Click to learn more about author Mike Brody.
Big Data keeps getting bigger. We’re generating so much information these days that we’re running out of sustainable places to put it and have begun tinkering with the idea of storing it in space.
Yes, outer space.
With this much information on our hands, it’s no wonder the enterprise Metadata Management market is projected to hit USD 9.34 billion by 2023. If there’s one thing my time in Business Intelligence has taught me, it’s that enterprises underestimate the importance of Data Governance in all its forms. Garbage in, garbage out: it’s cliché because it’s true.
Metadata Management, “the administration of data that describes other data,” helps organizations locate and track data assets as they are manipulated — but that doesn’t say much about the features to look for in a Metadata Management Solution (MMS). After you’ve done your cost-benefit analysis and decided to spring for an MMS, keep an eye out for these five capabilities. Some are essential and near-universal while others, like data enrichment, are nice-to-haves that might make a world of difference depending on your business needs.
1. Data Inventory
What data do we have, and where is it?
A data inventory lists your data assets and their locations — it’s crucial to any MMS offering. Your inventory should include information about the repository, the type of content it contains, and whether that content includes any personally identifiable information (PII).
Data inventories are sometimes referred to as “data maps” but should not be confused with data catalogs. April Reeve, Principal at Reeve Consulting, describes data catalogs as menus “from which a user selects and, if access approved, data is provisioned.” Data inventories, by contrast, list all data assets for a given organization. While any MMS should provide a data inventory, some may additionally make it possible for administrators to easily view individuals’ data catalogs as well. This is particularly useful when it comes to managing security around PII.
2. Data Lineage
Where has our data been, and what happened to it along the way?
Data lineage is all about trust and accountability. Heavily regulated industries such as healthcare and finance know the risks associated with losing track of information from a compliance standpoint, but there are also operational costs to consider. Something as simple as assuming a column of prices to be in US dollars (USD) can wreak havoc on a business if in fact the values were previously converted to Canadian dollars (CAD). NASA’s Mars Climate Orbiter was famously lost in 1999 due to a unit conversion error, costing the organization anywhere from $2M to $3.5M, depending on how you do the math. And these are just conversion errors! Database administrators know there’s a practically infinite number of ways for records to go off the rails.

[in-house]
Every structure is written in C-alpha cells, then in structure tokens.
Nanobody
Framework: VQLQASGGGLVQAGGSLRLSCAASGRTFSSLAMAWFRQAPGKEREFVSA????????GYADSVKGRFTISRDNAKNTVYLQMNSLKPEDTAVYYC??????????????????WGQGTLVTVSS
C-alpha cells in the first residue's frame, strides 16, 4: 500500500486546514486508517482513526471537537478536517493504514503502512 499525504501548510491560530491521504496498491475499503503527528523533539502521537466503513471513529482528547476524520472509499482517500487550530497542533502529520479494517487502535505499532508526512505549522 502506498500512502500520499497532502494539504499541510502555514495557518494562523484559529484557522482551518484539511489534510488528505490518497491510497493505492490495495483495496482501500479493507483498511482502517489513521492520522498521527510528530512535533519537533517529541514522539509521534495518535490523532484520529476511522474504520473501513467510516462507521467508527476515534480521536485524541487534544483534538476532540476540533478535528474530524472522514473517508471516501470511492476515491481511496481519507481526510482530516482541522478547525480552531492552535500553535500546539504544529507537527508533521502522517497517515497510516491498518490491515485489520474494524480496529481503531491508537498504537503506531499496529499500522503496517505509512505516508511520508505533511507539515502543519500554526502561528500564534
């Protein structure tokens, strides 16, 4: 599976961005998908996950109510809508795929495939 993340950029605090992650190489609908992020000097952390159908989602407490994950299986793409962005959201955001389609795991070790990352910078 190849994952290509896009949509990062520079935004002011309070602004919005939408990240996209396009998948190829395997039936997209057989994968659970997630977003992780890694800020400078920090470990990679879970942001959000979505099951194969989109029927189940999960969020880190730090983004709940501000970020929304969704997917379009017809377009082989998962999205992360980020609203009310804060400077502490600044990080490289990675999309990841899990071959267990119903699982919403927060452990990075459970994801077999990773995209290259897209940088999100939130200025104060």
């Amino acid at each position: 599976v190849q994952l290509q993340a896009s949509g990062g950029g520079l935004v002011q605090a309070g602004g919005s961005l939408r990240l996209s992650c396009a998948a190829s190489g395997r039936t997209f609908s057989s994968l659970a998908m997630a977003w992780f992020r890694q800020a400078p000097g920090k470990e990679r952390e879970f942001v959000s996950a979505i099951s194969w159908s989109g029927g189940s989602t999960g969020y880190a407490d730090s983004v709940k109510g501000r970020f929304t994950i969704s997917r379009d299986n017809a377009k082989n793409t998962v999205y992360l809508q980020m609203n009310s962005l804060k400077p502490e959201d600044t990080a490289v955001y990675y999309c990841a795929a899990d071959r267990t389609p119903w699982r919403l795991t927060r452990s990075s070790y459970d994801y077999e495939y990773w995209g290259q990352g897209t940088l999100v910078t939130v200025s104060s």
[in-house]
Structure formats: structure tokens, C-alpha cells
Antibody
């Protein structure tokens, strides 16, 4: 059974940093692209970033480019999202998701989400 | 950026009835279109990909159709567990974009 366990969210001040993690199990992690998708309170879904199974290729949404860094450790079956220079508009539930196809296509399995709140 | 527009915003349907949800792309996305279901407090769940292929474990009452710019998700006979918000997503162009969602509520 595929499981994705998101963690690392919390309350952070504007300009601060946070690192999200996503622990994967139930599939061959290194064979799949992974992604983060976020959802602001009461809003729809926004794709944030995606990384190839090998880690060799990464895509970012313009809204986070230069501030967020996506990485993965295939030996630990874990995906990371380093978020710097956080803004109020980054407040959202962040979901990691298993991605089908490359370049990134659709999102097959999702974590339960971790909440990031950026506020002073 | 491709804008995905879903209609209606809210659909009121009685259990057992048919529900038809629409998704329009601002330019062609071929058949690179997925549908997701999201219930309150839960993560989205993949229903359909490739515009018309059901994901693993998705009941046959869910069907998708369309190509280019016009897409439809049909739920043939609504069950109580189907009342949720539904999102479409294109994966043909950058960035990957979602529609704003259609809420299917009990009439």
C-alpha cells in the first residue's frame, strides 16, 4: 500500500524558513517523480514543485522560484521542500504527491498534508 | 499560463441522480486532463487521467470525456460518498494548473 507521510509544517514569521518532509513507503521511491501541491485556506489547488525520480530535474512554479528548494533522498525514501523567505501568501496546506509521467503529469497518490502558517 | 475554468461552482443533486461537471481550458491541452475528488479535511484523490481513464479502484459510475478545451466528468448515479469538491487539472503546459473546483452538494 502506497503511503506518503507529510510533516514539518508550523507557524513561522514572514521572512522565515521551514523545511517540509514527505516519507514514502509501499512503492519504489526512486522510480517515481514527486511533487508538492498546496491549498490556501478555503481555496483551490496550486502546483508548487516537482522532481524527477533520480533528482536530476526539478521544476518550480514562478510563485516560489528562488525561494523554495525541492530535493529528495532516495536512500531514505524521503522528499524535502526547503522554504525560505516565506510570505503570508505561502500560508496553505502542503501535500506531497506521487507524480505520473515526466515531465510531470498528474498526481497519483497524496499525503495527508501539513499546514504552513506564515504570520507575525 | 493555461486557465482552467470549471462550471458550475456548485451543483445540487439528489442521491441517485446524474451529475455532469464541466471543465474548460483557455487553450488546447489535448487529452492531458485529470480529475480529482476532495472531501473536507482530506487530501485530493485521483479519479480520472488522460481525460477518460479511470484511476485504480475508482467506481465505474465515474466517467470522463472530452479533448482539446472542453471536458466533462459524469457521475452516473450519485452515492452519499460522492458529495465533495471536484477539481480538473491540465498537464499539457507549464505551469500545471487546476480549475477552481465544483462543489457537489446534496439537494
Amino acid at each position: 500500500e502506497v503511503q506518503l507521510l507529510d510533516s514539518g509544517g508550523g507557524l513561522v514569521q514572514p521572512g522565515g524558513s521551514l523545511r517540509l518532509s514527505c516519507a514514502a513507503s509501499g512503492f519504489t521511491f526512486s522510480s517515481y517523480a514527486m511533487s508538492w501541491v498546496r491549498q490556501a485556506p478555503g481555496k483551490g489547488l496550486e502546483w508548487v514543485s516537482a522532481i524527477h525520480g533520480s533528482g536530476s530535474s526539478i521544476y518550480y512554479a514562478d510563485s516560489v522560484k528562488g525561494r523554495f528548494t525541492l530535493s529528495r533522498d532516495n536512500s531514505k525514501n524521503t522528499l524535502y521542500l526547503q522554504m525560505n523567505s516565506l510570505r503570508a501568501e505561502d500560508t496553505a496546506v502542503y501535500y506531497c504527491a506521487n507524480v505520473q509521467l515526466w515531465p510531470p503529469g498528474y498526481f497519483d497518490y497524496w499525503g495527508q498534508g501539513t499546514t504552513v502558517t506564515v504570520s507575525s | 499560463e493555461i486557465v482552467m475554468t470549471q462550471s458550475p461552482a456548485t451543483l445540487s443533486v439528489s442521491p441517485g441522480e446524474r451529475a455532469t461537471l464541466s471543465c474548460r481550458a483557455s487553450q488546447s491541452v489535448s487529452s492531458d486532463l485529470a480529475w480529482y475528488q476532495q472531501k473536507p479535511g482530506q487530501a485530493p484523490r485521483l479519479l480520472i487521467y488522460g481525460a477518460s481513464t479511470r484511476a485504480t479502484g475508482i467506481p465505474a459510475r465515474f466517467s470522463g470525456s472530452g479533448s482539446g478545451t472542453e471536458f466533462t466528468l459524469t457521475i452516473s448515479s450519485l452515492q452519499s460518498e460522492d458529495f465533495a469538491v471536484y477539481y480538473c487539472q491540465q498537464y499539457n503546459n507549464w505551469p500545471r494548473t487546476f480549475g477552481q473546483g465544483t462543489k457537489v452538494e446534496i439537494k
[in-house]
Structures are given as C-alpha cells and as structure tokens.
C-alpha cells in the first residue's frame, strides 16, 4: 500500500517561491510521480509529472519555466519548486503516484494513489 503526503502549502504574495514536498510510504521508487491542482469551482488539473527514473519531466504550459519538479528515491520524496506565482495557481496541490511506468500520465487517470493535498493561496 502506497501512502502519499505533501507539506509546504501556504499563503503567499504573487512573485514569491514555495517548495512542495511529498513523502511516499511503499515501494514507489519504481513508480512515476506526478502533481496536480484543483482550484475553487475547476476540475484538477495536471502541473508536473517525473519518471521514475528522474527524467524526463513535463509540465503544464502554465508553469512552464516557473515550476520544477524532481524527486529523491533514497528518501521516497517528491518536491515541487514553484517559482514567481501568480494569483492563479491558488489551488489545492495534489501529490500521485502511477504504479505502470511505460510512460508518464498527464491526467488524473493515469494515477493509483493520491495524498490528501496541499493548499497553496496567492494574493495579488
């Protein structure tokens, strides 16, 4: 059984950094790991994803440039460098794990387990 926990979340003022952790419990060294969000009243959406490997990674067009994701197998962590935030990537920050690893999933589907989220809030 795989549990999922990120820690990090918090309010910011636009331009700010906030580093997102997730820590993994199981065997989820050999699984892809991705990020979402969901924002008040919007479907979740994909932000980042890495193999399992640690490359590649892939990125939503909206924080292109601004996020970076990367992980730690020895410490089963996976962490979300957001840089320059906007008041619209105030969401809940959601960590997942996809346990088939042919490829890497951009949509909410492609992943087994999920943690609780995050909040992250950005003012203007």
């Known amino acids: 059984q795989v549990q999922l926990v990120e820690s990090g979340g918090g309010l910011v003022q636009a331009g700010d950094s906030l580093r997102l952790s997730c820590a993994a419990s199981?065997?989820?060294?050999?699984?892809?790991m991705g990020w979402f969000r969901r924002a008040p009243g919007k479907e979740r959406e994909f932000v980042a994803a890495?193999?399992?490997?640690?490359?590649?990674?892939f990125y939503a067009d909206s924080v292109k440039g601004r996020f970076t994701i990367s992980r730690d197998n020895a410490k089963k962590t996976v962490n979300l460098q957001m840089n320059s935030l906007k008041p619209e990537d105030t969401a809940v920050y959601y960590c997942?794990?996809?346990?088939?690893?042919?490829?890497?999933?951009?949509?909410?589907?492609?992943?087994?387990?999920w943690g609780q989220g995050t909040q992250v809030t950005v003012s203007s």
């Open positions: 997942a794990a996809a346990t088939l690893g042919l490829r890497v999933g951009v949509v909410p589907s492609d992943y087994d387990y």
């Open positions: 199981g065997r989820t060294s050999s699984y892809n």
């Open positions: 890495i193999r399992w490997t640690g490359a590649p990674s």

Whether keeping an eye on your data’s Chain of Custody for HIPAA compliance or monitoring a series of ETL jobs, an MMS with data lineage tracking will make it easier to locate and troubleshoot data quality and compliance issues before they spiral out of control.
What data can we add to our data?
Sometimes you want the ability to add new metadata to your inventory, particularly as your business requirements change. The General Data Protection Regulation (GDPR) of 2018, for example, made European residency an important data point for companies around the world. All those either processing or storing EU residents’ personally identifiable information (PII) were, as of May 25th, required to track and manage that data per GDPR regulations or suffer heavy fines. An MMS with tagging capabilities makes it easier to make note of such characteristics, and some may even allow you to apply tags based on a pattern. In the GDPR example, the MMS might apply the GDPR tag to any records associated with addresses belonging to the EU and its territories, saving your management team a great deal of time and reducing the prevalence of human error.
4. Business Rules
What does our data mean to us?
Semantics help data stewards agree on what an organization’s data actually means, and there are two important components an MMA can help catalog: definitions and business rules. A term or entity must first be defined before it can be related to other entities using rules.
Referring again to the GDPR compliance example, we might ask what constitutes an “address” for the purposes of the tagging rule. Should the rule be based on mailing addresses? Geographic addresses? Permanent addresses? You might settle on a rule/definition set like:
- Address: Mailing address at the time records were received.
- EU Resident: Anyone with an Address in EU territory.
- Erasure: the deletion of all PII associated with a particular individual for a specified time period.
- All EU Residents have the right to erasure.
5. Data Connectivity
How can we import/export our metadata?
Connectivity underpins the rest of an MMS’s utility, as being able to load metadata from database management systems, data governance tools, ETL solutions, and files is critical. It’s equally important to be able to then pass that data to Business Intelligence and Analytics solutions for insight reporting. Look for the ability to connect import/export data via an API, as this often affords maximum power and flexibility.
Not every organization is going to invest in an MMS, but those that do shouldn’t settle for a solution that will prove inadequate a few years down the line. In addition to the cost of the solution, there’s the time and effort required to establish inventories, catalogs, definitions, and rules. There’s no guarantee you’ll be able to easily port those assets into a new MMS, so put in the initial work to find something that will grow with your organization and its Data Management strategy over time.